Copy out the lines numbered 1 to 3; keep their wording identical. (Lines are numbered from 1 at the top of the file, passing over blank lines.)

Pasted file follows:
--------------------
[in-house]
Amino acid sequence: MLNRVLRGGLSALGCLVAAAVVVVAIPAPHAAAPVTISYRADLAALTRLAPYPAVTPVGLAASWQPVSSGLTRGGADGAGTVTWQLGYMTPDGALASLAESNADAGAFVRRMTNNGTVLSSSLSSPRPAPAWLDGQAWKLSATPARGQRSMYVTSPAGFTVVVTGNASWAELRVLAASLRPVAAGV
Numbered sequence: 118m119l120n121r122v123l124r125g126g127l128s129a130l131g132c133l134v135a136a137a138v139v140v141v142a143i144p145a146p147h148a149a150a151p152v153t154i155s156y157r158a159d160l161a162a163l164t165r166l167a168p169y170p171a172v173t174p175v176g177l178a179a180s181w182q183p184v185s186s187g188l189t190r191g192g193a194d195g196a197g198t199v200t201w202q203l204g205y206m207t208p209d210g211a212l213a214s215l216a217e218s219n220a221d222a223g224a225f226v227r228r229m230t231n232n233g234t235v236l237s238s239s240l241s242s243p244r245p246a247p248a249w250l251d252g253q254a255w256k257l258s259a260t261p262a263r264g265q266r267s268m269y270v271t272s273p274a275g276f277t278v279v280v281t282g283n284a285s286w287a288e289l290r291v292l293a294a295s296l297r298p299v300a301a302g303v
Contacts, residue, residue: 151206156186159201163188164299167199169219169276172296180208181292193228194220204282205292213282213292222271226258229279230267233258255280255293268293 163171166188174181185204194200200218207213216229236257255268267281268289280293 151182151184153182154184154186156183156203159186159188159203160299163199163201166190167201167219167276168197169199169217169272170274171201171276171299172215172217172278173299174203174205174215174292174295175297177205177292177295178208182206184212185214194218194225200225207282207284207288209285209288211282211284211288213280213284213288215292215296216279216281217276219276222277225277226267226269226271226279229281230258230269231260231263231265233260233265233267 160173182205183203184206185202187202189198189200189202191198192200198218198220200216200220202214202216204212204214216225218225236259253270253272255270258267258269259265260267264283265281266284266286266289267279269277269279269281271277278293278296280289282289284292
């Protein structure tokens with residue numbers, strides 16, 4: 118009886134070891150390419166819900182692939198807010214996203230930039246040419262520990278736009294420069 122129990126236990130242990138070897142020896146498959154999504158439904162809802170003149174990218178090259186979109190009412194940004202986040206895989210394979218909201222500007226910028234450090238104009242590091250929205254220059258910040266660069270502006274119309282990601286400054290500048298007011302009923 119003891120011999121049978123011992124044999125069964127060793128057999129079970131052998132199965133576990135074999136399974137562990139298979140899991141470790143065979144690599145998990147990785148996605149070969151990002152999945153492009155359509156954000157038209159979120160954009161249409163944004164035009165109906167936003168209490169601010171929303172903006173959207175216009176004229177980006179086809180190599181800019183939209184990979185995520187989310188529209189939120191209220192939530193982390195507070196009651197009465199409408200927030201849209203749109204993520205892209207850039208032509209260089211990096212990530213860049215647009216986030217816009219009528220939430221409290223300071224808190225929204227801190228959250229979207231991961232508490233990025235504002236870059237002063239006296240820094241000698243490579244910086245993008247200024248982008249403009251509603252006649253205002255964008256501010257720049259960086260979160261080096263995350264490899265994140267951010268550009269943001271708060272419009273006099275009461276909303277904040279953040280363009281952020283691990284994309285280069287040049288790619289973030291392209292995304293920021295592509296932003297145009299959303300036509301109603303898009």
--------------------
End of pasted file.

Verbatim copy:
[in-house]
Amino acid sequence: MLNRVLRGGLSALGCLVAAAVVVVAIPAPHAAAPVTISYRADLAALTRLAPYPAVTPVGLAASWQPVSSGLTRGGADGAGTVTWQLGYMTPDGALASLAESNADAGAFVRRMTNNGTVLSSSLSSPRPAPAWLDGQAWKLSATPARGQRSMYVTSPAGFTVVVTGNASWAELRVLAASLRPVAAGV
Numbered sequence: 118m119l120n121r122v123l124r125g126g127l128s129a130l131g132c133l134v135a136a137a138v139v140v141v142a143i144p145a146p147h148a149a150a151p152v153t154i155s156y157r158a159d160l161a162a163l164t165r166l167a168p169y170p171a172v173t174p175v176g177l178a179a180s181w182q183p184v185s186s187g188l189t190r191g192g193a194d195g196a197g198t199v200t201w202q203l204g205y206m207t208p209d210g211a212l213a214s215l216a217e218s219n220a221d222a223g224a225f226v227r228r229m230t231n232n233g234t235v236l237s238s239s240l241s242s243p244r245p246a247p248a249w250l251d252g253q254a255w256k257l258s259a260t261p262a263r264g265q266r267s268m269y270v271t272s273p274a275g276f277t278v279v280v281t282g283n284a285s286w287a288e289l290r291v292l293a294a295s296l297r298p299v300a301a302g303v